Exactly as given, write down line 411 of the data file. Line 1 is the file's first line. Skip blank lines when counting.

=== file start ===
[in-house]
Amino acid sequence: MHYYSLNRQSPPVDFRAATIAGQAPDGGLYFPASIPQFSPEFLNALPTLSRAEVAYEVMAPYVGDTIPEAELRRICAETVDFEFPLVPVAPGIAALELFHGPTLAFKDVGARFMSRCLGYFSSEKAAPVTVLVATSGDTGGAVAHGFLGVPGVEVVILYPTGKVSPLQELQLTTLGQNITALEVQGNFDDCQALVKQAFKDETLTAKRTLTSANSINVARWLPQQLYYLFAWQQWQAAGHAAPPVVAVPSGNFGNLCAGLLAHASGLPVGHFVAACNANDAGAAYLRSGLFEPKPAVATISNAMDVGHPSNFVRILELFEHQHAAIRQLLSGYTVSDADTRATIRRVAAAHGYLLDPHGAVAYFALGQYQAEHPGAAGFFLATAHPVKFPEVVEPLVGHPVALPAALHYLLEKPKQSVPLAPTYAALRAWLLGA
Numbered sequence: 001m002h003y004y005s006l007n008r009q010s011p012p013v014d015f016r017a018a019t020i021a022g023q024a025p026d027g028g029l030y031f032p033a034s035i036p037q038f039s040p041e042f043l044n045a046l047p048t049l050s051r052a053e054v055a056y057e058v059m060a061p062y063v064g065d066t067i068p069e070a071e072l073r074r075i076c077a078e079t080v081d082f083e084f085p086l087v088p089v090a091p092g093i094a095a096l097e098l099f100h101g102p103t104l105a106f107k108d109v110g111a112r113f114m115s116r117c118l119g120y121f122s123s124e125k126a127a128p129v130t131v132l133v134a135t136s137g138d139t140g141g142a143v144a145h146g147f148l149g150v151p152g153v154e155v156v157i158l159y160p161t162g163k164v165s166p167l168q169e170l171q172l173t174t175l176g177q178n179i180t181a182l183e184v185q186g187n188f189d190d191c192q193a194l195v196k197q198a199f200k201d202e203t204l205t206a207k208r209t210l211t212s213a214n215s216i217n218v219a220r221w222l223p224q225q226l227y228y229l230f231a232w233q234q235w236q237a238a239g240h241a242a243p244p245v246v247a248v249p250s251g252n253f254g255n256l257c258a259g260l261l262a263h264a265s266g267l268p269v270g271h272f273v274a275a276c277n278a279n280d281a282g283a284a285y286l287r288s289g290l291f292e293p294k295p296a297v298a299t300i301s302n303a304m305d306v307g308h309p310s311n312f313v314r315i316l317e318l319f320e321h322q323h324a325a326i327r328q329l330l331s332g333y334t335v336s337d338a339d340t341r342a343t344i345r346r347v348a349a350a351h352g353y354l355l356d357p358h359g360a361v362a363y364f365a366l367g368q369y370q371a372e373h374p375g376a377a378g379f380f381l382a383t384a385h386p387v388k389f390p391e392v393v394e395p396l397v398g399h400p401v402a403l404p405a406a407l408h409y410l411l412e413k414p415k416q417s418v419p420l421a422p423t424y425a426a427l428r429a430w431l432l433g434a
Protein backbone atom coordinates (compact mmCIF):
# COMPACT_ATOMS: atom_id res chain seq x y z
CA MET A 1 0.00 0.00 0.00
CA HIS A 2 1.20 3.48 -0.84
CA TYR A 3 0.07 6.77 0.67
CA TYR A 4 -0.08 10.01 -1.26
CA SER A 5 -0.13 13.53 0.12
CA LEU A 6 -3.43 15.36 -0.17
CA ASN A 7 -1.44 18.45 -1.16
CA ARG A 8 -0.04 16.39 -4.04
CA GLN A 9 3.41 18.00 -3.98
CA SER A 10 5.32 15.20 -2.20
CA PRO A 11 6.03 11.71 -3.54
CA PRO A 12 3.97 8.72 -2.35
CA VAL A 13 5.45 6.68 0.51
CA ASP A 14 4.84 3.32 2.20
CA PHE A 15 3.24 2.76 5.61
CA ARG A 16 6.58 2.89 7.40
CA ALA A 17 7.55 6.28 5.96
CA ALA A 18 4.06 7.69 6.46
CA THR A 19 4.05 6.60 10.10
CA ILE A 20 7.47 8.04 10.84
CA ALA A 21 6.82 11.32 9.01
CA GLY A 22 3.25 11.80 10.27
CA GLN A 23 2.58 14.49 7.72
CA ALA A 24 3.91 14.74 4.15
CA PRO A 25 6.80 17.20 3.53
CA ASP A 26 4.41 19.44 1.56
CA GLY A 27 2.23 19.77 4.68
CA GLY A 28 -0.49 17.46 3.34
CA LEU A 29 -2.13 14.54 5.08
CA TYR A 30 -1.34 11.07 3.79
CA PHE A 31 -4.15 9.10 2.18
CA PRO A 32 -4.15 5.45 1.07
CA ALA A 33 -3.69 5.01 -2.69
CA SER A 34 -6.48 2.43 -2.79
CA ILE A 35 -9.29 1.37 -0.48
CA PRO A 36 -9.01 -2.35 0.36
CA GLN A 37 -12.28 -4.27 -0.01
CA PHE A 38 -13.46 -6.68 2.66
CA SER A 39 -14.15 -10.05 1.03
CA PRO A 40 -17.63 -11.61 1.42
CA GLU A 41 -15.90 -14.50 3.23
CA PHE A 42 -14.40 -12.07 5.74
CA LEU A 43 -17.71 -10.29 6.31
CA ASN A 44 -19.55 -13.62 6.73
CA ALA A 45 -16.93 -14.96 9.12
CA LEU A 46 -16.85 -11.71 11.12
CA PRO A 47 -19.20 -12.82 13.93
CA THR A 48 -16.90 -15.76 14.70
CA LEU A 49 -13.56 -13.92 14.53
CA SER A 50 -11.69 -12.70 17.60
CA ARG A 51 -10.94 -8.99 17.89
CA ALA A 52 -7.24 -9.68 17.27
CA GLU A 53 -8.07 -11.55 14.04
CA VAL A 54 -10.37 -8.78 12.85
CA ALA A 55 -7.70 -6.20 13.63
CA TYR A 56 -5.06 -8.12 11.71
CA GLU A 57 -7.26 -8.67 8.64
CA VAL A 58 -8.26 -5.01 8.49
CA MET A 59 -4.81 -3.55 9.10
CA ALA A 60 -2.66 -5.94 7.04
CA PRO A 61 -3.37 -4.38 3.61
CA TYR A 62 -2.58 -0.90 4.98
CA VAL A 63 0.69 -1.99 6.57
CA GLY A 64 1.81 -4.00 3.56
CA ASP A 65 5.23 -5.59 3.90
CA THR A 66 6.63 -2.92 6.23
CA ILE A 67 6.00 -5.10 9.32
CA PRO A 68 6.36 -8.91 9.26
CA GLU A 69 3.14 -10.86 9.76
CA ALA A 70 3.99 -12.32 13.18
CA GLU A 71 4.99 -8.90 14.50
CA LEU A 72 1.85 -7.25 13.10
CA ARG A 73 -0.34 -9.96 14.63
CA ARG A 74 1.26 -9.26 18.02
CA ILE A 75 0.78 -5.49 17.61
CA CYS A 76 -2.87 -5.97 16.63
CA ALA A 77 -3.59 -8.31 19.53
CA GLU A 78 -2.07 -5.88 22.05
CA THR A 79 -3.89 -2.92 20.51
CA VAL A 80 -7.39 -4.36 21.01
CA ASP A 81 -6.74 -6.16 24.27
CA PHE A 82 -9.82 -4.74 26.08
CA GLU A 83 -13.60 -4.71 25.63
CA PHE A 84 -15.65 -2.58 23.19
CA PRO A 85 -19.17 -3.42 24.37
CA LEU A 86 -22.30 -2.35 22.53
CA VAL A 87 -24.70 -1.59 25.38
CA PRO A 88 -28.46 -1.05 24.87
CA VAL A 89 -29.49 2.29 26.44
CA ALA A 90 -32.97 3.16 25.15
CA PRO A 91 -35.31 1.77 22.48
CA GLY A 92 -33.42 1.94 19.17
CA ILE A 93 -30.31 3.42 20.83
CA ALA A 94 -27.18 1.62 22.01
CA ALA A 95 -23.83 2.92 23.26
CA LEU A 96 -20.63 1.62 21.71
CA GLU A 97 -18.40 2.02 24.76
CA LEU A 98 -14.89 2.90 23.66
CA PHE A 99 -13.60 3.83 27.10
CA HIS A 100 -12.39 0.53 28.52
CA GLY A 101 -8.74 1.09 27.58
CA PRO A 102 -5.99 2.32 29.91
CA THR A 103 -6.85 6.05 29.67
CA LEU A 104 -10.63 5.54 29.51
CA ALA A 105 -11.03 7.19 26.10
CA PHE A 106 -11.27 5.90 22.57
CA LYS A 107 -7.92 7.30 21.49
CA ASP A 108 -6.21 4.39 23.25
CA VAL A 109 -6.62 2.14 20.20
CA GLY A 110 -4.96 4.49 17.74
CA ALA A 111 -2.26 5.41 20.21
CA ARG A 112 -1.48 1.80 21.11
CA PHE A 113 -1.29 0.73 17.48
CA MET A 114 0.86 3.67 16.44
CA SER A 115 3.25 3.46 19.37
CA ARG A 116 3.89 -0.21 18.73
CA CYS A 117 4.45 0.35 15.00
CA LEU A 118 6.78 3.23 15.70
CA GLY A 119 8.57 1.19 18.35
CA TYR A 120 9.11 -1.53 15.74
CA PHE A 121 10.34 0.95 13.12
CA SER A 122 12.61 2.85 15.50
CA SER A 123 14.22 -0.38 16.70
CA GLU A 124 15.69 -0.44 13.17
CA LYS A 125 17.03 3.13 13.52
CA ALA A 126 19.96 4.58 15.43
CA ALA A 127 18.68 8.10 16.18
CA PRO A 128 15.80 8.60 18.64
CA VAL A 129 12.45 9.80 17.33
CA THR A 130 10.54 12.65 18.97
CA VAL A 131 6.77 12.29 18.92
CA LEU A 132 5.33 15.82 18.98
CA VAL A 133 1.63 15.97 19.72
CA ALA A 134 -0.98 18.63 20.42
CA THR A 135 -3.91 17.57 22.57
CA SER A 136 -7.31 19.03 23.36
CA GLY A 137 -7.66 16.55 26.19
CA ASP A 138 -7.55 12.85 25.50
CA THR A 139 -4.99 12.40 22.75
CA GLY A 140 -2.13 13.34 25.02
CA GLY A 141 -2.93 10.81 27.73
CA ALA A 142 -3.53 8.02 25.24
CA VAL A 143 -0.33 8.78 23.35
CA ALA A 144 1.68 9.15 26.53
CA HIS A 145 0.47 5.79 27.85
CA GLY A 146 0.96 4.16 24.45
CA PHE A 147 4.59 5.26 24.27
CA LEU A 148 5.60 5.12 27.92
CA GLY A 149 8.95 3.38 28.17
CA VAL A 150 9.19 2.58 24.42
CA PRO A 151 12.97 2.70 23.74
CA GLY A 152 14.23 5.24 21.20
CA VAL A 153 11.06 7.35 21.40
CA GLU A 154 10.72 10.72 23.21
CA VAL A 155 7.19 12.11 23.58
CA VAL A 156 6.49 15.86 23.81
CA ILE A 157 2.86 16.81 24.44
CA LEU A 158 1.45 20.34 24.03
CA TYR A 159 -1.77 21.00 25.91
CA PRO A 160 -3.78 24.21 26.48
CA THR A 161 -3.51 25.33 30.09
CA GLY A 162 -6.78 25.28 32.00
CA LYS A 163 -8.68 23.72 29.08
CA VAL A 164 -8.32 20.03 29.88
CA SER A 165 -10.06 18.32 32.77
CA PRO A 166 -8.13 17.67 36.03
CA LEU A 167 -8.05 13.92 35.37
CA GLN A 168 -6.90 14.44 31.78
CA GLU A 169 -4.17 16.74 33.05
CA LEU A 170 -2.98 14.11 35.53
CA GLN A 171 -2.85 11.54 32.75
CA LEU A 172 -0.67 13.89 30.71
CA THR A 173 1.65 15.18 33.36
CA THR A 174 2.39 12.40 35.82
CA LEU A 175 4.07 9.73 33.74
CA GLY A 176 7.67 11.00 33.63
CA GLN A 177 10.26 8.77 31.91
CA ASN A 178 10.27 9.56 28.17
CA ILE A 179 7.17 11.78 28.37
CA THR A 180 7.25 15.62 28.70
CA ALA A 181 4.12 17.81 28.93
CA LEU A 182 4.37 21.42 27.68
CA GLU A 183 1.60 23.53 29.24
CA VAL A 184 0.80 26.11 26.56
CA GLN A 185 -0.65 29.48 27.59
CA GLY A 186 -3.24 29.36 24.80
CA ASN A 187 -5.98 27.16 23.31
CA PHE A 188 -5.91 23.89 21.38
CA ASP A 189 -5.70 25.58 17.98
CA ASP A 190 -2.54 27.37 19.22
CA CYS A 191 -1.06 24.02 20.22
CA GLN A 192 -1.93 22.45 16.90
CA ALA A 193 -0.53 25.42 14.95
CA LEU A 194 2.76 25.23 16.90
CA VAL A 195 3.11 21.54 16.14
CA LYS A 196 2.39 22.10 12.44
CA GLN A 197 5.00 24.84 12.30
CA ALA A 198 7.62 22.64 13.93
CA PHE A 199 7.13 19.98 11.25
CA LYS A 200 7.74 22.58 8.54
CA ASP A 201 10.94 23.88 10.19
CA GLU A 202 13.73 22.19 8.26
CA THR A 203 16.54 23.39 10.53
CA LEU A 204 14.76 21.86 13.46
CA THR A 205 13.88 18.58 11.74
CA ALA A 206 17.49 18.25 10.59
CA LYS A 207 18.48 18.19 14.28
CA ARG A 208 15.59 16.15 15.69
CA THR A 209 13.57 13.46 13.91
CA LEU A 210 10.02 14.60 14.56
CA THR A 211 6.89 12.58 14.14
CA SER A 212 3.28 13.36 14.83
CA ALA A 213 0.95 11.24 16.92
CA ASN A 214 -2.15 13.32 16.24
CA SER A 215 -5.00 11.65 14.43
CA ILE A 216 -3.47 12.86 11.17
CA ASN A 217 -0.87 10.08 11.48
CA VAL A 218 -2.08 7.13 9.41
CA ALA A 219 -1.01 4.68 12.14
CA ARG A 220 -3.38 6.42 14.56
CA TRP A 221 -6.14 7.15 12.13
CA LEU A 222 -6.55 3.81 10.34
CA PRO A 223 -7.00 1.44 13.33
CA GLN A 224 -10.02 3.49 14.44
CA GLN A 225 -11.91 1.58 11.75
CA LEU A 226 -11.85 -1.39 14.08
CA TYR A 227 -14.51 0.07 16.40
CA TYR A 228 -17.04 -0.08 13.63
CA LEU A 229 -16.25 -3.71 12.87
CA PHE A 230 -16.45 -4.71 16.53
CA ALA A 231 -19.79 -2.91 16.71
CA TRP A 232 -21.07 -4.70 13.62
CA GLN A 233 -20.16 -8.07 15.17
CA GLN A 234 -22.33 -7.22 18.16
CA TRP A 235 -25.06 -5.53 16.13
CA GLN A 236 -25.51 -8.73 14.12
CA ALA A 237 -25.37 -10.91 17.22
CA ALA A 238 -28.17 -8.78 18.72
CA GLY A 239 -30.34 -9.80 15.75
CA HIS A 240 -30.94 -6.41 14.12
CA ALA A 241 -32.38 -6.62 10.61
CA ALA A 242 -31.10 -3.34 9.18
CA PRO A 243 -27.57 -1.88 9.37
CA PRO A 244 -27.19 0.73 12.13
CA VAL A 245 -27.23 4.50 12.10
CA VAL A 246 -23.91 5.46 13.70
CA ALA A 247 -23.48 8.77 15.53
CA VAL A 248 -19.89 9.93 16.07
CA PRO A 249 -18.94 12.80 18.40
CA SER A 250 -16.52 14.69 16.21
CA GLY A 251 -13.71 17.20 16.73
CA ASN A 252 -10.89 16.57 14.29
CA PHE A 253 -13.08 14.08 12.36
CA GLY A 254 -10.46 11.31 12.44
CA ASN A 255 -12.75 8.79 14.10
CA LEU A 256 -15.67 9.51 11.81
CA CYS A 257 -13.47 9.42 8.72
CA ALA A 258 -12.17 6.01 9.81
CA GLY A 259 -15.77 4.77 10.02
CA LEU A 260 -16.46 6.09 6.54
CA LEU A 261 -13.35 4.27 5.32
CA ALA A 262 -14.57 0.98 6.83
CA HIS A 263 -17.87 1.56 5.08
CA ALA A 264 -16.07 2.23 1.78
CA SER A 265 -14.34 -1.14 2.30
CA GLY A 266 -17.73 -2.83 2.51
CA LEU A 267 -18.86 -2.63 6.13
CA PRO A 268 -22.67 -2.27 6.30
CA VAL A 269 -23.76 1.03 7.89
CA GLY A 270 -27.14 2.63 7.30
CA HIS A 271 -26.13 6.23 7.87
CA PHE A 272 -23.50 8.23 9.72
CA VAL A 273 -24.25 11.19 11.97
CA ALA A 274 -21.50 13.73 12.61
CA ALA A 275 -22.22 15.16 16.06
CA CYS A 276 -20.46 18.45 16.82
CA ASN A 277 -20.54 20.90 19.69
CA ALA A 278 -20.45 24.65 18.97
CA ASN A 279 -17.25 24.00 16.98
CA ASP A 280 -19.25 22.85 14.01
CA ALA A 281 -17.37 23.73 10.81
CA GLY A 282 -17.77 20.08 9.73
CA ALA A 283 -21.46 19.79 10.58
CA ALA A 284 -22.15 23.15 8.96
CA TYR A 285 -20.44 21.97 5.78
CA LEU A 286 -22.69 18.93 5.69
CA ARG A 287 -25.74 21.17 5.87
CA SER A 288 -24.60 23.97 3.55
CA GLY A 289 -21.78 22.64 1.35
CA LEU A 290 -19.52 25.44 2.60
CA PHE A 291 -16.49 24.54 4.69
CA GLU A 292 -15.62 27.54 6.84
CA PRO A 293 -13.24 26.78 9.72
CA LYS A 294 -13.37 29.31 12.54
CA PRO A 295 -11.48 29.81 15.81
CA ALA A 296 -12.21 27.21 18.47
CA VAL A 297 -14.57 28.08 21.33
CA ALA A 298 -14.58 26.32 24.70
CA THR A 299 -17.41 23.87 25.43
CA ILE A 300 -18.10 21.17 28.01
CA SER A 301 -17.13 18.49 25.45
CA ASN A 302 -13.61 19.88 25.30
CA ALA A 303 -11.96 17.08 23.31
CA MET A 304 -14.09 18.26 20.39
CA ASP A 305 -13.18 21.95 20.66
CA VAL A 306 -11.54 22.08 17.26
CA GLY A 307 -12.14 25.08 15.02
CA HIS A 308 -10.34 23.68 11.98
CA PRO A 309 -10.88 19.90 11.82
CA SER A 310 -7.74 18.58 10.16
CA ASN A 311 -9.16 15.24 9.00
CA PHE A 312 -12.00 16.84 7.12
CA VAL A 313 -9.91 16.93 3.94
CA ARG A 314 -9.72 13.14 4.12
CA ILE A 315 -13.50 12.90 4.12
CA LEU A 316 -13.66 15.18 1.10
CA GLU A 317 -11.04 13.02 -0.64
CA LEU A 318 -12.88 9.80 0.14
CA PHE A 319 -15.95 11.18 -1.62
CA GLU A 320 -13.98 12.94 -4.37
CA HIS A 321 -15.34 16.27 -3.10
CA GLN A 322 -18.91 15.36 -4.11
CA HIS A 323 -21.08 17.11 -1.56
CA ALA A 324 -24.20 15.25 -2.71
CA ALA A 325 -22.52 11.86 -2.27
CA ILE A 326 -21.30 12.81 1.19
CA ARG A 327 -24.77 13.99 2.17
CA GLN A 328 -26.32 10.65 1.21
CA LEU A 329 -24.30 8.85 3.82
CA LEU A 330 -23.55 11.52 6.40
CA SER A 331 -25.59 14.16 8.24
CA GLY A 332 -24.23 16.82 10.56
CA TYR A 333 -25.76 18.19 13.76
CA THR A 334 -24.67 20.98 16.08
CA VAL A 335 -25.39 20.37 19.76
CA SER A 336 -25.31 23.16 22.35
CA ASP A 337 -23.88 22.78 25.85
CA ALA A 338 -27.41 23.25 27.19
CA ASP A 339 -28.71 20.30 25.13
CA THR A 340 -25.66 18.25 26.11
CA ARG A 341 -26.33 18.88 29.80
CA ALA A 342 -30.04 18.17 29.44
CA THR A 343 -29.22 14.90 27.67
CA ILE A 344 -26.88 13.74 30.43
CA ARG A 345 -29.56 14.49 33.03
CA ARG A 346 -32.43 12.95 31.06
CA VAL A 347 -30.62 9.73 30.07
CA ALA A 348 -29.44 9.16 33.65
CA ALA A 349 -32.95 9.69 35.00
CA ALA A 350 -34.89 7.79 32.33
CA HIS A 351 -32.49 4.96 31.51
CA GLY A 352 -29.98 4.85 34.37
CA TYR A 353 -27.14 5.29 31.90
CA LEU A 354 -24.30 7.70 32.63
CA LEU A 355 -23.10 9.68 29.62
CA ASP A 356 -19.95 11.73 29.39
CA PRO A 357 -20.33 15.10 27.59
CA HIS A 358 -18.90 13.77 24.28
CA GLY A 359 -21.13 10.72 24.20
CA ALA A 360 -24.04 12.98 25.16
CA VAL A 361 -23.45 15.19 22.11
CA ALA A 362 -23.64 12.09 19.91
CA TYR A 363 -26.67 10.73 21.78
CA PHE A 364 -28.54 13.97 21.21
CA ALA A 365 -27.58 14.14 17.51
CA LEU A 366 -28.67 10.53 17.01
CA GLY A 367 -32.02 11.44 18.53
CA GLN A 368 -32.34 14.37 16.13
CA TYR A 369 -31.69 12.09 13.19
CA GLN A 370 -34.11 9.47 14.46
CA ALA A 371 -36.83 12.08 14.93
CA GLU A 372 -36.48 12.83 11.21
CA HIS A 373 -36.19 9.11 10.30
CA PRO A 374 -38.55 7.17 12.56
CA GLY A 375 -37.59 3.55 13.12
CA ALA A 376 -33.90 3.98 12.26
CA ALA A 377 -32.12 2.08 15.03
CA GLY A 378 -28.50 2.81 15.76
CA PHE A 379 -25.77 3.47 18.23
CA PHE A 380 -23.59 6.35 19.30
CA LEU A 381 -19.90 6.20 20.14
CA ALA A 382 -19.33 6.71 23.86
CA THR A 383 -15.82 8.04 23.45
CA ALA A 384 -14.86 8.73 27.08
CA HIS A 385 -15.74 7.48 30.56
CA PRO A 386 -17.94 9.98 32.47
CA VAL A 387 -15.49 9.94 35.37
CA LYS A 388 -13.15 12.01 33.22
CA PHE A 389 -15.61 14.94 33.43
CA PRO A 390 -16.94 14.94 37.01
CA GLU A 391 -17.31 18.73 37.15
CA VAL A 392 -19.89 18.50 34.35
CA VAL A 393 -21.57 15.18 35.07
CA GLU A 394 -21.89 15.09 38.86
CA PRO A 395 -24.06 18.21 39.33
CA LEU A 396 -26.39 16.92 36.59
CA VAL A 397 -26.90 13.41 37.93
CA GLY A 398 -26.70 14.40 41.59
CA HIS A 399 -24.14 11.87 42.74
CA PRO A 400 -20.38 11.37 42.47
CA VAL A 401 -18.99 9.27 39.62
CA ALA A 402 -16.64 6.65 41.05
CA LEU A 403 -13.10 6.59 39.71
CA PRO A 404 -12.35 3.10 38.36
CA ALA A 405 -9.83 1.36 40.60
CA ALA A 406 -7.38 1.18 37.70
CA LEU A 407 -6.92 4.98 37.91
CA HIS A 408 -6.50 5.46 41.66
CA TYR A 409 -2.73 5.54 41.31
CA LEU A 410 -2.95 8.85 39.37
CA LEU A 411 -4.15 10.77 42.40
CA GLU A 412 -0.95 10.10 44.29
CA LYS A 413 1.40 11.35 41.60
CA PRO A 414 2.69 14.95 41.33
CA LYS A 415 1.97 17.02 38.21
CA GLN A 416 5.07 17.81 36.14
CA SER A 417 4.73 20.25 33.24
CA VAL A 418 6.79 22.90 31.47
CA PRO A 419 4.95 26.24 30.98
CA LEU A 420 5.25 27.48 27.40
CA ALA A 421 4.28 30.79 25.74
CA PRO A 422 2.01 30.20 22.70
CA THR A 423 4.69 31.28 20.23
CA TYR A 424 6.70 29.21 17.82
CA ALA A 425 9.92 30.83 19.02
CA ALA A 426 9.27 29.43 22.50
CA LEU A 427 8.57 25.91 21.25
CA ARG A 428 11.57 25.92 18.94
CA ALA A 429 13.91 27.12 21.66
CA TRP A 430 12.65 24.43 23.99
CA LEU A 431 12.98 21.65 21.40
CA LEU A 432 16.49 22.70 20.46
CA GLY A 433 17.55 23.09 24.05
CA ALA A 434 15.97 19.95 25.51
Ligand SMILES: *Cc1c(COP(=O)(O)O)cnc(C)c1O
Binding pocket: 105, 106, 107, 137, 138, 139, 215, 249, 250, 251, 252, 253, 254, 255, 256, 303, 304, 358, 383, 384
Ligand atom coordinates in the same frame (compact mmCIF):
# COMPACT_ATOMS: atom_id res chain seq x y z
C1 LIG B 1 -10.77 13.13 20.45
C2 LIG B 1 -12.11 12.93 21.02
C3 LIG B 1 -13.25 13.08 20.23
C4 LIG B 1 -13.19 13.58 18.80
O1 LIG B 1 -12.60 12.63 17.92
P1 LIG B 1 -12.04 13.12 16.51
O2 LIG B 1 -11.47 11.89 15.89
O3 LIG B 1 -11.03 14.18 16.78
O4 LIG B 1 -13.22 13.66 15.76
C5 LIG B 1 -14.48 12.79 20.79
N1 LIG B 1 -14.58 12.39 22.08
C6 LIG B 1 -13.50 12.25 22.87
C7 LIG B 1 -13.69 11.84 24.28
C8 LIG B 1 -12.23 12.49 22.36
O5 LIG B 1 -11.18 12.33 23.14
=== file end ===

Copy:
CA ALA A 406 -7.38 1.18 37.70